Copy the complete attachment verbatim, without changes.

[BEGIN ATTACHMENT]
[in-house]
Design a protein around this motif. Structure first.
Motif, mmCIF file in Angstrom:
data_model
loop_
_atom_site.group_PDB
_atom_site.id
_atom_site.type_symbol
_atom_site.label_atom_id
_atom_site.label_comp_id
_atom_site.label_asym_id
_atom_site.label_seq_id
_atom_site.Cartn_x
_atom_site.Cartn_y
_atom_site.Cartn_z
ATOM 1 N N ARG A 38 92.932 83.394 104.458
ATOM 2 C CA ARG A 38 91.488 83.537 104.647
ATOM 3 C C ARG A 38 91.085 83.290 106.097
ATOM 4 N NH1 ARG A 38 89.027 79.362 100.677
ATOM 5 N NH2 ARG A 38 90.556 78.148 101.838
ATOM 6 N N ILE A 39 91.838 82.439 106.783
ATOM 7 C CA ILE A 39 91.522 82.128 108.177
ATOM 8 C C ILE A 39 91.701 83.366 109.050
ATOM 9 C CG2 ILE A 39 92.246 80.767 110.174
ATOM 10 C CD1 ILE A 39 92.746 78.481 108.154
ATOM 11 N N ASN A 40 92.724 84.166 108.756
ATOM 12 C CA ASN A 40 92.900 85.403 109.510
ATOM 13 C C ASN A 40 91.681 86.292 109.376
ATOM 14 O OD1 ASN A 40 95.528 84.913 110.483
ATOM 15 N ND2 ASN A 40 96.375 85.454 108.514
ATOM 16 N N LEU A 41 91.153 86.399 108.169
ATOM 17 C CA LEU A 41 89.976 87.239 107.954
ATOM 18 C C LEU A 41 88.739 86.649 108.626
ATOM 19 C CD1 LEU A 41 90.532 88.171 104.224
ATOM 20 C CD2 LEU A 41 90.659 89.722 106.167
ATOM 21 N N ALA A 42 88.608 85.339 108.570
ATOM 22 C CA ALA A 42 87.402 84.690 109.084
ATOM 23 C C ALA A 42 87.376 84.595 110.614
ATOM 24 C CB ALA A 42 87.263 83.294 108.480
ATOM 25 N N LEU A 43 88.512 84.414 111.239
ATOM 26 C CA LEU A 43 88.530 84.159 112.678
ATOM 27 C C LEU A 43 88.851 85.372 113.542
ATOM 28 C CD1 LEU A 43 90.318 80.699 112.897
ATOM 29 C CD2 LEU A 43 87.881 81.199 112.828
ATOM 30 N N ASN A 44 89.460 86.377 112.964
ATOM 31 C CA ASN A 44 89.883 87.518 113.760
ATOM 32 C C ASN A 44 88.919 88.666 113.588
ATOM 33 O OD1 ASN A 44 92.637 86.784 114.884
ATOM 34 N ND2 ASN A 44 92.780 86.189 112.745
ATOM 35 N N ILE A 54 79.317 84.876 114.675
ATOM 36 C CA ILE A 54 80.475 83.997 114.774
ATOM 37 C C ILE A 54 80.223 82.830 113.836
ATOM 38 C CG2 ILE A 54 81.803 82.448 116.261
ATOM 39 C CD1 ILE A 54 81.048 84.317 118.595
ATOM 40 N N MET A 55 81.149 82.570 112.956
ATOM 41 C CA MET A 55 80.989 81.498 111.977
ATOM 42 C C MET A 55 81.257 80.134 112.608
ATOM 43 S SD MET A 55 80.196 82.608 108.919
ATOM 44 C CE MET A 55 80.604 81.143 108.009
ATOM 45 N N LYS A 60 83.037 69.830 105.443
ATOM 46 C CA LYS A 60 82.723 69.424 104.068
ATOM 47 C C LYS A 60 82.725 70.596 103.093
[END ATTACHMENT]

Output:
[in-house]
Design a protein around this motif. Structure first.
Motif, mmCIF file in Angstrom:
data_model
loop_
_atom_site.group_PDB
_atom_site.id
_atom_site.type_symbol
_atom_site.label_atom_id
_atom_site.label_comp_id
_atom_site.label_asym_id
_atom_site.label_seq_id
_atom_site.Cartn_x
_atom_site.Cartn_y
_atom_site.Cartn_z
ATOM 1 N N ARG A 38 92.932 83.394 104.458
ATOM 2 C CA ARG A 38 91.488 83.537 104.647
ATOM 3 C C ARG A 38 91.085 83.290 106.097
ATOM 4 N NH1 ARG A 38 89.027 79.362 100.677
ATOM 5 N NH2 ARG A 38 90.556 78.148 101.838
ATOM 6 N N ILE A 39 91.838 82.439 106.783
ATOM 7 C CA ILE A 39 91.522 82.128 108.177
ATOM 8 C C ILE A 39 91.701 83.366 109.050
ATOM 9 C CG2 ILE A 39 92.246 80.767 110.174
ATOM 10 C CD1 ILE A 39 92.746 78.481 108.154
ATOM 11 N N ASN A 40 92.724 84.166 108.756
ATOM 12 C CA ASN A 40 92.900 85.403 109.510
ATOM 13 C C ASN A 40 91.681 86.292 109.376
ATOM 14 O OD1 ASN A 40 95.528 84.913 110.483
ATOM 15 N ND2 ASN A 40 96.375 85.454 108.514
ATOM 16 N N LEU A 41 91.153 86.399 108.169
ATOM 17 C CA LEU A 41 89.976 87.239 107.954
ATOM 18 C C LEU A 41 88.739 86.649 108.626
ATOM 19 C CD1 LEU A 41 90.532 88.171 104.224
ATOM 20 C CD2 LEU A 41 90.659 89.722 106.167
ATOM 21 N N ALA A 42 88.608 85.339 108.570
ATOM 22 C CA ALA A 42 87.402 84.690 109.084
ATOM 23 C C ALA A 42 87.376 84.595 110.614
ATOM 24 C CB ALA A 42 87.263 83.294 108.480
ATOM 25 N N LEU A 43 88.512 84.414 111.239
ATOM 26 C CA LEU A 43 88.530 84.159 112.678
ATOM 27 C C LEU A 43 88.851 85.372 113.542
ATOM 28 C CD1 LEU A 43 90.318 80.699 112.897
ATOM 29 C CD2 LEU A 43 87.881 81.199 112.828
ATOM 30 N N ASN A 44 89.460 86.377 112.964
ATOM 31 C CA ASN A 44 89.883 87.518 113.760
ATOM 32 C C ASN A 44 88.919 88.666 113.588
ATOM 33 O OD1 ASN A 44 92.637 86.784 114.884
ATOM 34 N ND2 ASN A 44 92.780 86.189 112.745
ATOM 35 N N ILE A 54 79.317 84.876 114.675
ATOM 36 C CA ILE A 54 80.475 83.997 114.774
ATOM 37 C C ILE A 54 80.223 82.830 113.836
ATOM 38 C CG2 ILE A 54 81.803 82.448 116.261
ATOM 39 C CD1 ILE A 54 81.048 84.317 118.595
ATOM 40 N N MET A 55 81.149 82.570 112.956
ATOM 41 C CA MET A 55 80.989 81.498 111.977
ATOM 42 C C MET A 55 81.257 80.134 112.608
ATOM 43 S SD MET A 55 80.196 82.608 108.919
ATOM 44 C CE MET A 55 80.604 81.143 108.009
ATOM 45 N N LYS A 60 83.037 69.830 105.443
ATOM 46 C CA LYS A 60 82.723 69.424 104.068
ATOM 47 C C LYS A 60 82.725 70.596 103.093